The University of Waterloo's startup incubator Velocity has launched a second venture capital fund targeted specifically at early-stage startups involved in health technology.

The announcement came Thursday evening in Kitchener during Velocity's tri-annual pitch competition.

Companies already competing for $50,000 in pre-seed funding from the Velocity Fund – a venture capital fund created last year by the incubator – were surprised with the news that another $50,000 was on the table through the new Velocity Health Tech Fund.

"Healthcare is a big passion for our entire team, so I think that this fund brings an amazing opportunity here in Waterloo to contribute to the advancing technologies in healthcare specifically and we're excited about it," said Christine Simone, founder of Caribou and one of two companies to be awarded funds through the Velocity Health Tech Fund.

Caribou specializes in arranging personalized medical travel experiences for North Americans who either can't afford treatment in their own country, or who are waiting on long waitlists for care.

The Velocity Health Tech Fund has been accepting investments for four weeks and has already reached $1 million US, meeting its initial fundraising goal. The fund will help early-stage health tech startups with product development, IP strategies and understanding and navigating the regulatory environment associated with the healthcare industry.

"Following the launch of the Velocity Fund last year, it quickly became apparent that there is a significant appetite among individual investors in Canada to get in on early-stage startups," said Adrien Côté, Executive Director of Velocity. "We launched the second fund in part to meet a market demand among investors that we know exists and to address the ongoing challenge that early-stage companies face in attracting investment."

In Waterloo region, there are approximately 130 health tech companies already in operation; 75 of those are fast-growing startups and scale-ups. Solving challenges for human health is becoming an increasingly critical societal need and an ever-larger market opportunity. One-third of the companies that Velocity already supports are focused on health tech; this has given the leadership team at Velocity insight into the unique challenges of starting a business in the health tech sector.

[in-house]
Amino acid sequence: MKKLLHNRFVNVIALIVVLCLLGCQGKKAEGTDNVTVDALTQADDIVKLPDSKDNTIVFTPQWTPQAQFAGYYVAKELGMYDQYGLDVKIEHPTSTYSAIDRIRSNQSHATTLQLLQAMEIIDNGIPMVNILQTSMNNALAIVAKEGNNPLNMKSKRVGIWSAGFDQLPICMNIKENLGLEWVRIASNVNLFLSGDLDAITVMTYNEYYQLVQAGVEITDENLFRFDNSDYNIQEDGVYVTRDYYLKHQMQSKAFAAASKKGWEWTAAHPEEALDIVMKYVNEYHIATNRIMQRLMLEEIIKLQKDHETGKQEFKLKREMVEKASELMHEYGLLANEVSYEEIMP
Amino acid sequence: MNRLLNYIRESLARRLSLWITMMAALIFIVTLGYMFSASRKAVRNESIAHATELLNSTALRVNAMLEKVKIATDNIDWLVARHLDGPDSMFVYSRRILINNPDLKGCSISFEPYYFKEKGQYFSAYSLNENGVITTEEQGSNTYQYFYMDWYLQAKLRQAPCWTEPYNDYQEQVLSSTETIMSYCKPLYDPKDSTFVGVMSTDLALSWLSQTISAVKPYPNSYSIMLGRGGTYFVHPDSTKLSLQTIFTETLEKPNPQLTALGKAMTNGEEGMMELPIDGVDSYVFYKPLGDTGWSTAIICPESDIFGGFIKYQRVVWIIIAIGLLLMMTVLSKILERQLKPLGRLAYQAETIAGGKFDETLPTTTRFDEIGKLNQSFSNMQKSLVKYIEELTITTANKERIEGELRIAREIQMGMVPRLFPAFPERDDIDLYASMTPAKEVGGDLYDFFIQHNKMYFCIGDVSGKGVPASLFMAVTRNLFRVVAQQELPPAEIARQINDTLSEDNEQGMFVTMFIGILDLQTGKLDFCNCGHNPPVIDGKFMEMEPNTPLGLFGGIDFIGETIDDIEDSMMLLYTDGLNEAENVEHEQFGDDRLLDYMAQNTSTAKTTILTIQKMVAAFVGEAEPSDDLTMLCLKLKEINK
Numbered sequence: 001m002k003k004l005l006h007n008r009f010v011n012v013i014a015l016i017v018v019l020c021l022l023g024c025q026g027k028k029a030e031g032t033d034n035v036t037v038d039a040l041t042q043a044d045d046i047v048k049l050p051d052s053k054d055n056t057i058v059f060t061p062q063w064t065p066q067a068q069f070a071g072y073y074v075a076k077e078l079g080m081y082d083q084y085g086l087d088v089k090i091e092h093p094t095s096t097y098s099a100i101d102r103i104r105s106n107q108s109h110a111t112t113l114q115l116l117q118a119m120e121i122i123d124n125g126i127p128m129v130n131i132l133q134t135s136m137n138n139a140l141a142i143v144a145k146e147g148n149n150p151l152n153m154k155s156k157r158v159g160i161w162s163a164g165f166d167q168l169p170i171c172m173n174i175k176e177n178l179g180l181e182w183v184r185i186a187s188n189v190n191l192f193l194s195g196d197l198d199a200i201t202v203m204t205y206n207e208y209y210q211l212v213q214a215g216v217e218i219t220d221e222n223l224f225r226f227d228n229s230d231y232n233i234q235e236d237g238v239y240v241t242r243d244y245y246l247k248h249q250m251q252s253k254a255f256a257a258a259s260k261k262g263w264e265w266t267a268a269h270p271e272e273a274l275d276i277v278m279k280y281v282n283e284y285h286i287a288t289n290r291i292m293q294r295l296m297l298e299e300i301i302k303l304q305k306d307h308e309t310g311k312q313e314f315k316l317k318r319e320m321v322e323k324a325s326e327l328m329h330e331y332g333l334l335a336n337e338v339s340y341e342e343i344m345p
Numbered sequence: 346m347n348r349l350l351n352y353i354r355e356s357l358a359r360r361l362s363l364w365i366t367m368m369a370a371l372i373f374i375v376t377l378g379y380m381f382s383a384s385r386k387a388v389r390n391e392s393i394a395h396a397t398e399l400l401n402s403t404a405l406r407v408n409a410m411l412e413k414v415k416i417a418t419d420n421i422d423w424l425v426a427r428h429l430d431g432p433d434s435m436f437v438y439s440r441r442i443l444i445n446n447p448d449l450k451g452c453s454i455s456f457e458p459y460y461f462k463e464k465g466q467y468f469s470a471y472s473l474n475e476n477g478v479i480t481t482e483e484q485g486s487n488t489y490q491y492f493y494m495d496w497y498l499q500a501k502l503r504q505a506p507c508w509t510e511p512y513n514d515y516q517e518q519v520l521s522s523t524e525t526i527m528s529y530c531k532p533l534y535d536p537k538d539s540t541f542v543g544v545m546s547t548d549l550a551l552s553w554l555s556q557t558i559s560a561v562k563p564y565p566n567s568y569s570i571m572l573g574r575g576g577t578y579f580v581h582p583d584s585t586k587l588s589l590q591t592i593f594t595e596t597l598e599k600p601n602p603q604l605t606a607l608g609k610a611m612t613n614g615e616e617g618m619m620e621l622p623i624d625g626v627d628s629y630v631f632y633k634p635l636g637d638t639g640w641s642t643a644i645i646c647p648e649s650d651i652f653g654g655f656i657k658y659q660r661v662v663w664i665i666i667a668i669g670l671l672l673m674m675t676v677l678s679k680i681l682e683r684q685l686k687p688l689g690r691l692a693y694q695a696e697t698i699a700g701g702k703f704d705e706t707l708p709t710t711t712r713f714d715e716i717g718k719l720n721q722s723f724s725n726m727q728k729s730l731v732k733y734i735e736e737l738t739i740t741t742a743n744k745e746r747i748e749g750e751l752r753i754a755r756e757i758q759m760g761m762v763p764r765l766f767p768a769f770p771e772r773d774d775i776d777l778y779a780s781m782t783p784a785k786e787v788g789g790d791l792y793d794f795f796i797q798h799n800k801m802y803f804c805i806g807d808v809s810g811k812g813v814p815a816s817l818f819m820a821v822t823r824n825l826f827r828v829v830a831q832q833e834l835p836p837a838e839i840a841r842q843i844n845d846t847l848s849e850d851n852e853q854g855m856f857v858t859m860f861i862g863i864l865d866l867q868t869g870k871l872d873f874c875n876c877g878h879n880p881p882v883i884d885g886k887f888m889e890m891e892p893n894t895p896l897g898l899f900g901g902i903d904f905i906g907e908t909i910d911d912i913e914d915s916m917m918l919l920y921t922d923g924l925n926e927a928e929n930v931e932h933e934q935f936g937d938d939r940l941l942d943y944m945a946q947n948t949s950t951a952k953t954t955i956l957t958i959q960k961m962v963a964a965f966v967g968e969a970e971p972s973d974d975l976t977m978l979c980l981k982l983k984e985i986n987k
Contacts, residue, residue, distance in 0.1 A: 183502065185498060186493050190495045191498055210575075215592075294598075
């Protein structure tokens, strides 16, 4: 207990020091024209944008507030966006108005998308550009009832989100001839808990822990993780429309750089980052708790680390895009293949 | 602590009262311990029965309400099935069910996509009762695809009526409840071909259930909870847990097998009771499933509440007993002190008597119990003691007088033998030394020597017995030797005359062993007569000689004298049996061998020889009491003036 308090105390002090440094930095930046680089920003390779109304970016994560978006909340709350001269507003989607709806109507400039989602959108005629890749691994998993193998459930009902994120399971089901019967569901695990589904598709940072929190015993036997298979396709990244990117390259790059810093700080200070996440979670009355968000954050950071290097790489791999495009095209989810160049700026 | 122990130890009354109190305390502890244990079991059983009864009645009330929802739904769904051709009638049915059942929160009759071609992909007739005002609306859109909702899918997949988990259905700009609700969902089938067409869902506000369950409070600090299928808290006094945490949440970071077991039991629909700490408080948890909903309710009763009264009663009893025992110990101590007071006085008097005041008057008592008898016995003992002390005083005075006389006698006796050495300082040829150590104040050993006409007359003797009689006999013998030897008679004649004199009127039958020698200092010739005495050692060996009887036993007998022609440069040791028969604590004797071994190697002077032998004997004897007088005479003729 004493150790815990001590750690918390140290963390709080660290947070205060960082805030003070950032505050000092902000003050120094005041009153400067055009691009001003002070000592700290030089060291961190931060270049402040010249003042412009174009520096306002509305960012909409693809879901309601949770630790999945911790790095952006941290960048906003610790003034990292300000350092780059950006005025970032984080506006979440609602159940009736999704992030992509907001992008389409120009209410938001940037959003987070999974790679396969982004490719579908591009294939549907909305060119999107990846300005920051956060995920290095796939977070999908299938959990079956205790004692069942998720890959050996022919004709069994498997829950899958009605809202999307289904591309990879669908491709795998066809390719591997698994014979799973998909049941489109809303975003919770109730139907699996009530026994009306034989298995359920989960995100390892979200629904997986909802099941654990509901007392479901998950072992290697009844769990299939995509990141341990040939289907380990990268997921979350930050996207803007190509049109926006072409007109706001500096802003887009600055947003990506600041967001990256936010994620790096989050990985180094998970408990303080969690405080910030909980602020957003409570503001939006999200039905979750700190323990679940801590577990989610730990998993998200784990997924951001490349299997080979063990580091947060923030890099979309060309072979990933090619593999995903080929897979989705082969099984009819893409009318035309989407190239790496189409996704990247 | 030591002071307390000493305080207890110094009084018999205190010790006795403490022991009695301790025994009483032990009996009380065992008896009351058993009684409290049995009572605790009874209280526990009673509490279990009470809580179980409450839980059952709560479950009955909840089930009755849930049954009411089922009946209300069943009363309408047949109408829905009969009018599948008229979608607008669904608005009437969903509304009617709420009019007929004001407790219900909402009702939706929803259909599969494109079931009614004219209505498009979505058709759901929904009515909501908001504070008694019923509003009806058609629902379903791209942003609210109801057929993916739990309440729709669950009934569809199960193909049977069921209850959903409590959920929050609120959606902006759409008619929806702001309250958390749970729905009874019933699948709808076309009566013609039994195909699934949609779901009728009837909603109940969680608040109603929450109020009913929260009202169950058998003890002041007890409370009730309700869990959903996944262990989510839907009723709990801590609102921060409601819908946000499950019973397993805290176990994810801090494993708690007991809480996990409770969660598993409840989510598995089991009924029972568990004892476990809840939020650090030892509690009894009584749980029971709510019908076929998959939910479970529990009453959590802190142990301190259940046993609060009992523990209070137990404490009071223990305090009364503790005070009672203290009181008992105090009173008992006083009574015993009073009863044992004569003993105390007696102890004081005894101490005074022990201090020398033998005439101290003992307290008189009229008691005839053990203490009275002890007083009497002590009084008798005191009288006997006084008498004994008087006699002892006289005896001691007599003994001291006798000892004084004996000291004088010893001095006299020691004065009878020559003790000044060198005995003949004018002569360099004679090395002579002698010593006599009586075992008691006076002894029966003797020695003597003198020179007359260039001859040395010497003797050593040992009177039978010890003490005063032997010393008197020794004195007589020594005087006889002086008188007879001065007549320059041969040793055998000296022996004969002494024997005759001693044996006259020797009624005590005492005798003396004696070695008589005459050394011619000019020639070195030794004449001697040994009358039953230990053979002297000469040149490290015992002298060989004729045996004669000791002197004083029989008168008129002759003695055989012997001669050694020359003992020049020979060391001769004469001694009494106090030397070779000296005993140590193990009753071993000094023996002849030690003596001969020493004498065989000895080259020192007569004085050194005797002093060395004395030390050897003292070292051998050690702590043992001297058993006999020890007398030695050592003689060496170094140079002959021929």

"Health tech startups generally require more capital in their early stages. There are also few early-stage investors that are comfortable with investing in this more complex sector. These issues, and the fact that 38 per cent of the companies we have in our incubator already operate in this space, meant that it was a no-brainer for us when it came to the focus of the Velocity Health Tech Fund," said Côté. 

The second winner of $50,000 from the Velocity Health Tech Fund was Life Sciences Key Technologies (LSK) – which aims to bring decentralized diagnostic abilities to the point of need; doctor's offices. LSK also won support from the Velocity Health Tech Fund. The company walked away with $100,000 in pre-seed funding.

Interest in the fund has primarily been from individuals who are currently employed in the health care field. Health care professionals are keen to see innovation in their sector and often have a willingness to invest in such innovations, but rarely have the time to do so on a sustained basis.

"I invested in this fund early because I believe in the impact that startups can have in our health care system, and I am passionate about health," said Dr. Richard Weinstein, an ophthalmologist based in Kitchener, Ontario and Velocity Health Tech Fund investor. "Because my ability to holistically judge the potential of health tech startups is limited, this kind of fund provides me with a more straightforward, vetted way to invest in the sector."

The University's first startup venture fund, the Velocity Fund, was launched in April 2019 and has raised US $1.3 million and awarded $600,000 to 12 startups. The AngelList-powered venture fund gives investors a way to invest in a diversified portfolio of early-stage startups supported by Waterloo's Velocity incubator.